Commenting on Muraleedharan’s remarks, Al-Banna said: “I have seen the minister’s comments in the media. But nothing has come officially to us until now.”

Community organisations in Kerala, the home state of a large number of Indian expatriates in the Gulf, are calling on the local government to repatriate Keraliites stranded in the UAE and other parts of the GCC.

A petition seeking chartered flights to repatriate Indians stranded in the UAE was filed before the Supreme Court of India by migrant welfare society Pravasi Legal Cell.

Pakistanis in the Gulf

The economic burden of Covid-19 is among the key reasons that Pakistan cannot repatriate its citizens, including those stranded in the UAE, according to local reports.

The Pakistani ambassador to the UAE, Ghulam Dastgir, said more than 25,000 Pakistan nationals had registered with their diplomatic missions in Dubai and Abu Dhabi.

The Prime Minister Imran Khan-led government will only commence repatriation when the Pakistani healthcare system is ready, Dastgir said.

Speaking to UAE newspaper Gulf News, he added: “I am also putting pressure on my government to expedite the process while at the same time I am in touch with the UAE authorities concerned to sort out the issue.

“The UAE government is ready to repatriate Pakistanis but various departments, including the health authorities back home, are not ready to receive such a large number of people from abroad due to lack of quarantine facilities and lockdown in the country.”

Stranded Pakistanis gathered outside the Pakistan Consulate General in Dubai and the Embassy in Abu Dhabi last week demanding the diplomats send them back home, Gulf News reported.

Pakistan has enough medical equipment to conduct Covid-19 tests for 75 days, Mohammad Afzal, chairman of the country’s National Disaster Management Authority, said on 11 April.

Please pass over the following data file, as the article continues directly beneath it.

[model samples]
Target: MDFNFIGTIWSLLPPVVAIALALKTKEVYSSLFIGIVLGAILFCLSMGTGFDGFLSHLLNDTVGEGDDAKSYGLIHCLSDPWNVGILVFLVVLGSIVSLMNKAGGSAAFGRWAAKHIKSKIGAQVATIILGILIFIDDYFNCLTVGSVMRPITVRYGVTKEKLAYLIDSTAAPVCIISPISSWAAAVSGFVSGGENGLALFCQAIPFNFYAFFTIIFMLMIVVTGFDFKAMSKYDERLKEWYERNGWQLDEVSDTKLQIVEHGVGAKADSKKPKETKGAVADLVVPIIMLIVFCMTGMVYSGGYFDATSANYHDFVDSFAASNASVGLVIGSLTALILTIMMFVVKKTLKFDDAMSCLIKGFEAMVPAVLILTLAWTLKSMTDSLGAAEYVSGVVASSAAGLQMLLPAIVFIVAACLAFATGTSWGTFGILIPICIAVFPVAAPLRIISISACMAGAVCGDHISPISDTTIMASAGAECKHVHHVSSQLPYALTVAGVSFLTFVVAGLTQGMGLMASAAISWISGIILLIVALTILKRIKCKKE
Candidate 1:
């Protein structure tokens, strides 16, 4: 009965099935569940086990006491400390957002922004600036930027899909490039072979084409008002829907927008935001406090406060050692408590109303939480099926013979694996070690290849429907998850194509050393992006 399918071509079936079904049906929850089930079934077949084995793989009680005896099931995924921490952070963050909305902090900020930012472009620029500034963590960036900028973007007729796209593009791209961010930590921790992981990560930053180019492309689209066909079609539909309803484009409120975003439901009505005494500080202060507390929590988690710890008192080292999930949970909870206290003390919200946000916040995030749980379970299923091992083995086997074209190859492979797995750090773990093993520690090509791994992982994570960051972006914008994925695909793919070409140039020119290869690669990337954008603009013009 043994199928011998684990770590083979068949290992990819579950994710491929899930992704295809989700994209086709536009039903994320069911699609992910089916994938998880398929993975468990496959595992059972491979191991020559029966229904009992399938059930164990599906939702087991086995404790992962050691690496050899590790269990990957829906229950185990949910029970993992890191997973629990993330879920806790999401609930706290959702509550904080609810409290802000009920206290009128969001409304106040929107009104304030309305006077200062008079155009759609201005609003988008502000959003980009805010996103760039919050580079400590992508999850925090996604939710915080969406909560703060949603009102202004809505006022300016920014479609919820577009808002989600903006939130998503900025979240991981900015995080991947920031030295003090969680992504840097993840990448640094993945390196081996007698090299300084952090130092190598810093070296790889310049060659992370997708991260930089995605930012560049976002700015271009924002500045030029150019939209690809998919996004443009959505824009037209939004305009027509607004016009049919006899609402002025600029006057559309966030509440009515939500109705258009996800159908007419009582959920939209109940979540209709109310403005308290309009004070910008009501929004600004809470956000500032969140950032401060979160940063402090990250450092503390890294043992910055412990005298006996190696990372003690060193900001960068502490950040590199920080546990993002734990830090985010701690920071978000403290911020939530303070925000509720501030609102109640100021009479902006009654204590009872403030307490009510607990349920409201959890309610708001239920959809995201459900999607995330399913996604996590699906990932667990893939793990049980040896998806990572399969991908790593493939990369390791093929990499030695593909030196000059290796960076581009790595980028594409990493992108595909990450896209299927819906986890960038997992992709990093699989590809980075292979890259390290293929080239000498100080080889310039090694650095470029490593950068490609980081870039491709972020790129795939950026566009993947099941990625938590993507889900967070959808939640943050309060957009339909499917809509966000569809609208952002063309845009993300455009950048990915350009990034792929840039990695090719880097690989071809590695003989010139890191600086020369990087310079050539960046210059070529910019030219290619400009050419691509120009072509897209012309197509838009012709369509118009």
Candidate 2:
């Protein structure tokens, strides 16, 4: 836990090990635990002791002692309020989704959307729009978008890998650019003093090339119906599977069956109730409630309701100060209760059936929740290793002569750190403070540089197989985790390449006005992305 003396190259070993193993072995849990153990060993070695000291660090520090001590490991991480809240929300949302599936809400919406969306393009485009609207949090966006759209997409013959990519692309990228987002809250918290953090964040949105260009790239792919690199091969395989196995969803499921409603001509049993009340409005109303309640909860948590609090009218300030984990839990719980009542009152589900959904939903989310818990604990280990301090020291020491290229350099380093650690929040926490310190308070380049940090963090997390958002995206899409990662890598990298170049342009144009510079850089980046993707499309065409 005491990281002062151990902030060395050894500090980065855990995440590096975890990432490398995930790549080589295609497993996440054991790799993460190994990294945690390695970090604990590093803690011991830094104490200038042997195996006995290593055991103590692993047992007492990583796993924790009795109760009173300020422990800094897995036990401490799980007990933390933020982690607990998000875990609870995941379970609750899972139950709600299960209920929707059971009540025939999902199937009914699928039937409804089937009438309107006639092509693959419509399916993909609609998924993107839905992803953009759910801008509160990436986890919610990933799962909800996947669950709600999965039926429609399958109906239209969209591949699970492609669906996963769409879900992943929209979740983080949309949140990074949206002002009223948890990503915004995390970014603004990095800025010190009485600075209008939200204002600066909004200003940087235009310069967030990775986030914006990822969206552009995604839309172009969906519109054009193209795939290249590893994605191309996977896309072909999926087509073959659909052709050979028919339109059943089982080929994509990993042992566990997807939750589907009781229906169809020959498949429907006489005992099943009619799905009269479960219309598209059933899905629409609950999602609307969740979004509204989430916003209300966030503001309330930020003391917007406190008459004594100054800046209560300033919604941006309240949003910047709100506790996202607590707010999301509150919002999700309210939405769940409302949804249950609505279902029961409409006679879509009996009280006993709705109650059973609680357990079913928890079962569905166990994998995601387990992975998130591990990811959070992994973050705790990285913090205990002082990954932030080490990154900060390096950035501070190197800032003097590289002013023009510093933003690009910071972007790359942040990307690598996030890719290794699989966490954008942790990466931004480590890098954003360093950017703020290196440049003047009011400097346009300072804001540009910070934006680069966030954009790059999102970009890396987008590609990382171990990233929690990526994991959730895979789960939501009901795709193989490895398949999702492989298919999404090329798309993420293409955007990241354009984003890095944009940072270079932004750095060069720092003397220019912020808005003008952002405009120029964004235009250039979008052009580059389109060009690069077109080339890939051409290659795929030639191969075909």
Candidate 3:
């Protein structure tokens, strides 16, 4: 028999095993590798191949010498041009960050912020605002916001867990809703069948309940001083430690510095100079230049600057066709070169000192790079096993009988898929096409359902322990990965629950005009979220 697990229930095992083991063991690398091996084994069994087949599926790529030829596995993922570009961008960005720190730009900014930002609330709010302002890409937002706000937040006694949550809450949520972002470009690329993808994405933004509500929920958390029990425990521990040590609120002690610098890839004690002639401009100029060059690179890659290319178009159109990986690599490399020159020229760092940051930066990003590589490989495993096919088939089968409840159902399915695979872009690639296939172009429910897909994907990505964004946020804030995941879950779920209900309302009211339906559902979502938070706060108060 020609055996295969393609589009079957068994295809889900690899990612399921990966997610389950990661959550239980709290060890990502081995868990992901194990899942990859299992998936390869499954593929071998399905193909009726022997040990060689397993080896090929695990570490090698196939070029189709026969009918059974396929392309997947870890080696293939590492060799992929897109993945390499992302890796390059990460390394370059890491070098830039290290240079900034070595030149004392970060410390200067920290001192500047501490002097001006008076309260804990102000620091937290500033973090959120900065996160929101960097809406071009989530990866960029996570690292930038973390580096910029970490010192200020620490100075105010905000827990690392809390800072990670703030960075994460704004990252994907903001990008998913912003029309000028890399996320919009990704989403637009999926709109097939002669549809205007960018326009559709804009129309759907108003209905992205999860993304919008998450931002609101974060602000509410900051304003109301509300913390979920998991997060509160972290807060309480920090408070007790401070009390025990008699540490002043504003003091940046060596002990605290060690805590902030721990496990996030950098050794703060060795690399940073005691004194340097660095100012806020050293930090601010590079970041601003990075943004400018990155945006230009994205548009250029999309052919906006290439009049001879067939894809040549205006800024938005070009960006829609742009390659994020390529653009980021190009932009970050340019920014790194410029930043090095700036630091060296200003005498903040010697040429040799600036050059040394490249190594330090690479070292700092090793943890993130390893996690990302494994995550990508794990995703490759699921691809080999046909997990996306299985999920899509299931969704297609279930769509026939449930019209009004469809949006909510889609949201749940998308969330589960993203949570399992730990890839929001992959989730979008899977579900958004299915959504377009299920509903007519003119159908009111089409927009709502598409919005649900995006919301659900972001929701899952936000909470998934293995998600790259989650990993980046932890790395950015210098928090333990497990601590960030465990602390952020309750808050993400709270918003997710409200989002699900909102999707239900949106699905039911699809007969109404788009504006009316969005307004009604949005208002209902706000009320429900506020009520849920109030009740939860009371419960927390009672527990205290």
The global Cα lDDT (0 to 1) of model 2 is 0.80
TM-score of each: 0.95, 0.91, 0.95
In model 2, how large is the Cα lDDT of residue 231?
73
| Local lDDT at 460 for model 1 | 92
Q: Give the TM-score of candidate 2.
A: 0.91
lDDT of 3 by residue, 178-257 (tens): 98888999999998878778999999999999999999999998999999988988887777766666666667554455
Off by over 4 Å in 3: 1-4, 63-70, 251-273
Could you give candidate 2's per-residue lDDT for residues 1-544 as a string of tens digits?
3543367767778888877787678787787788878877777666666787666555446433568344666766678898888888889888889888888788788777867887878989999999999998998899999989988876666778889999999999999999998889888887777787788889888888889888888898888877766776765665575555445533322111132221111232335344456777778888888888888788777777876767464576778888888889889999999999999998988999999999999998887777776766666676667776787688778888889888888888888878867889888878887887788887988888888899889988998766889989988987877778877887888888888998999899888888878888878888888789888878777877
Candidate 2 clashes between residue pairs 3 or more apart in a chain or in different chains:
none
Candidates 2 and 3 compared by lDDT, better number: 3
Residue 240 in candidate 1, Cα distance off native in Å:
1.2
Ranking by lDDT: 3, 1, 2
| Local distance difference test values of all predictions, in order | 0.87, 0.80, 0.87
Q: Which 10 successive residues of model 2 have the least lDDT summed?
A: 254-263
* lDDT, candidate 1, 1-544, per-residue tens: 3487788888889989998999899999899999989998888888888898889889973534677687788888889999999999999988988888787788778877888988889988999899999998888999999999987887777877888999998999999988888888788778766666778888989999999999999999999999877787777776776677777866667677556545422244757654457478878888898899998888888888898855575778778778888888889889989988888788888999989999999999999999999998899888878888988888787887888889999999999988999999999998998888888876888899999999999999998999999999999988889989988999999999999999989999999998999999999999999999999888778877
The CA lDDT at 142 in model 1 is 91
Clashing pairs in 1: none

The country is currently conducting 4,000 Covid-19 tests daily and can raise this figure to 40,000.

Pakistan has confirmed 5,038 Covid-19 cases to date, with 1,026 recoveries and 86 deaths, as of 12 April.

UAE repatriation drive

Two planes were chartered by the UAE government to bring home 80 Emiratis from the UK on 5 and 7 April.

These individuals were either studying or receiving medical treatment in the UK and were unable to return following the closure of UAE airports on 24 March.

On 5 April, the UAE chartered an Emirates Airline plane to fly out 345 British citizens affected by the UAE’s travel ban on 24 March. The UAE’s Ministry of Foreign Affairs and International Cooperation and British Embassy in the UAE helped British citizens leave the UAE on commercial flights, including a Fly Dubai service on 28 March.

Between 19 March and 8 April, Fly Dubai operated 23 repatriation flights carrying more than 2,800 passengers from the UAE to Afghanistan, Croatia, Egypt, Iran, Russia, Sudan, Somaliland and Thailand.

The airline plans to operate up to 10 more repatriation flights over the next week, it said on 9 April.

20 April, 2020 | .By NEHA BHATIA